Since Apple decided to ditch the 30-pin dock connector, many people are curious as to why they went with their own custom connector when the Micro USB standard allows for a tiny connector. Well, as Rainer Brockerhoff points out, Micro USB just doesn’t have enough features.
Micro USB has five pins: a power pin, a ground pin, two pins for data, and a sense pin. It just doesn’t support all of the features that Apple wanted to implement in their connector technology. Also worth noting is that current Micro USB connectors can’t push through enough juice to power the iPad at full speed. It does make sense that Apple needed to make their own connector if they wanted to push the envelope as they always do. Lightning has the ability to do what Micro USB can’t.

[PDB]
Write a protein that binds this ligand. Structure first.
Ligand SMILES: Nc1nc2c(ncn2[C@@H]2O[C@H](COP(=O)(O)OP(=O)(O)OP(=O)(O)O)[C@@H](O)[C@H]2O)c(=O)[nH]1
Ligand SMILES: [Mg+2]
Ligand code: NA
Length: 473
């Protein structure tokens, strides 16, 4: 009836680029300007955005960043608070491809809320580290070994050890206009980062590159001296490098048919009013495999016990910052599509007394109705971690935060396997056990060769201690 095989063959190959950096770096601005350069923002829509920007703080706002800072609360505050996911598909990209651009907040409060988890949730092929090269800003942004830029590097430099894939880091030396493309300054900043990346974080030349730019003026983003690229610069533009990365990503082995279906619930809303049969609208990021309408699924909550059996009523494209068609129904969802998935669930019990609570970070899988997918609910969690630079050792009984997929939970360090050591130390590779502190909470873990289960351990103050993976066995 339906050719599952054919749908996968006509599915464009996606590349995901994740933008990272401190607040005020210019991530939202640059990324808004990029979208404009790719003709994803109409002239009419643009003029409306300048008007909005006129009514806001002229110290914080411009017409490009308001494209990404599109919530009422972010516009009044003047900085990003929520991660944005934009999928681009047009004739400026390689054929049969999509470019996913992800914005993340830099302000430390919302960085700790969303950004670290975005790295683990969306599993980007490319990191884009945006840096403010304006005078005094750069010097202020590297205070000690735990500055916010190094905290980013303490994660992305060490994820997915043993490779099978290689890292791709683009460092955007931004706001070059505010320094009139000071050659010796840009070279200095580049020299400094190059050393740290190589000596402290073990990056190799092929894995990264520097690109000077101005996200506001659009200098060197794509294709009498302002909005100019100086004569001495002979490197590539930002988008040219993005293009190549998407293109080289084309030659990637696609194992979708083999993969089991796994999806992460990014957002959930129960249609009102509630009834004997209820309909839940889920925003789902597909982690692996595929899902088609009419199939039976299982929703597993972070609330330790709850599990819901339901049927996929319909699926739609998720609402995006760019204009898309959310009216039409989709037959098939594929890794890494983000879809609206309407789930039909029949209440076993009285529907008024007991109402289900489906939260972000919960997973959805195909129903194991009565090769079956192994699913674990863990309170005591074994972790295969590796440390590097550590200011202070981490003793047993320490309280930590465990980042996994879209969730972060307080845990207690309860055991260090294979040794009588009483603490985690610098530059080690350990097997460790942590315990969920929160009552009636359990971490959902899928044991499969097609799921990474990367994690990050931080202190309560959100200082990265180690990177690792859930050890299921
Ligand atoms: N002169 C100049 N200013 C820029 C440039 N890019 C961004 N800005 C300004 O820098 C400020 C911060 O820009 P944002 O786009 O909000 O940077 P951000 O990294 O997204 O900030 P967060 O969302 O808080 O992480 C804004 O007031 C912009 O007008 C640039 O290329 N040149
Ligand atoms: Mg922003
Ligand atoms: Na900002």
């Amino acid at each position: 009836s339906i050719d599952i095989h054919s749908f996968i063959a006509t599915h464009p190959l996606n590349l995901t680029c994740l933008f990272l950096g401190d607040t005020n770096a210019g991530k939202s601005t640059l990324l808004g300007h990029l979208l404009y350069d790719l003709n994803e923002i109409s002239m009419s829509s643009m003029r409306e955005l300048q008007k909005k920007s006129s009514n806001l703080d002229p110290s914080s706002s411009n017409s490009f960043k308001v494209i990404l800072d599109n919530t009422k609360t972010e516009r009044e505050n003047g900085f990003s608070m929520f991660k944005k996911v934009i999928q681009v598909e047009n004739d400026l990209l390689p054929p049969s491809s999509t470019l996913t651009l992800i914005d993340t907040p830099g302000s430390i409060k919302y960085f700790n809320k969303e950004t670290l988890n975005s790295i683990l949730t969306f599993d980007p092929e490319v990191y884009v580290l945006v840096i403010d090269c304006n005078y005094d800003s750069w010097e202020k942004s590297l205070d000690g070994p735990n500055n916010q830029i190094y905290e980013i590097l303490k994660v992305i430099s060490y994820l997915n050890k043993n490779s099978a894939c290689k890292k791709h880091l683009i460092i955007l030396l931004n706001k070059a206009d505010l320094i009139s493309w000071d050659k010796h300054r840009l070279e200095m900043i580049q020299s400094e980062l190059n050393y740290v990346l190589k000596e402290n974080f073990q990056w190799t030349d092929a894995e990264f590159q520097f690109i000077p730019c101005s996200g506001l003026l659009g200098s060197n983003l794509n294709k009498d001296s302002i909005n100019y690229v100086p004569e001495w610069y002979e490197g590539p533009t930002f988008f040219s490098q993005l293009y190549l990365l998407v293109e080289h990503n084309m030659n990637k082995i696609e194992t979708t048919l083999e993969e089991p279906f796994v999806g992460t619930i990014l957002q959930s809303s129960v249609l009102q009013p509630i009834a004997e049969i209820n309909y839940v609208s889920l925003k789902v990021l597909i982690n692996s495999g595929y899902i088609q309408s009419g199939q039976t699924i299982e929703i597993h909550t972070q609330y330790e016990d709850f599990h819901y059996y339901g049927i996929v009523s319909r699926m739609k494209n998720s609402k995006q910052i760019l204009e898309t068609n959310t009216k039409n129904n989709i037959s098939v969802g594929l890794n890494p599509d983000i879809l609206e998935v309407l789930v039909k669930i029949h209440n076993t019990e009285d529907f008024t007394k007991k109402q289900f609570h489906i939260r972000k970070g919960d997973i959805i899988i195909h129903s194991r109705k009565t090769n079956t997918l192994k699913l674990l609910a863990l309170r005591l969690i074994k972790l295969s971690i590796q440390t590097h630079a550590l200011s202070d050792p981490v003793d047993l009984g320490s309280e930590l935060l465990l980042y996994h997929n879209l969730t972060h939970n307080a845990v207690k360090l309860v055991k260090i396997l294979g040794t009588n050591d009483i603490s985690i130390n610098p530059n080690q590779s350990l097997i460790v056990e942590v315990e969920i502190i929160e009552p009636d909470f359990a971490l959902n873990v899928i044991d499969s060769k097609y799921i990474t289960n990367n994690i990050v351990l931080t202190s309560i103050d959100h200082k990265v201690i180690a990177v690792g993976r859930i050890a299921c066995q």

That said, there is another benefit to having your own custom Lightning connector: control. If other companies want to work with iPhones, iPods, and iPads, they are going to need to license Lightning from Apple. While this is undoubtedly a fringe benefit, I think we can all agree that Apple wouldn’t sacrifice the quality of their devices for a license fee. If Micro USB was truly better, Apple would just use it — plain and simple. As it stands, Apple gets the best of both worlds: the best connector and complete control. You can’t really argue with that strategy.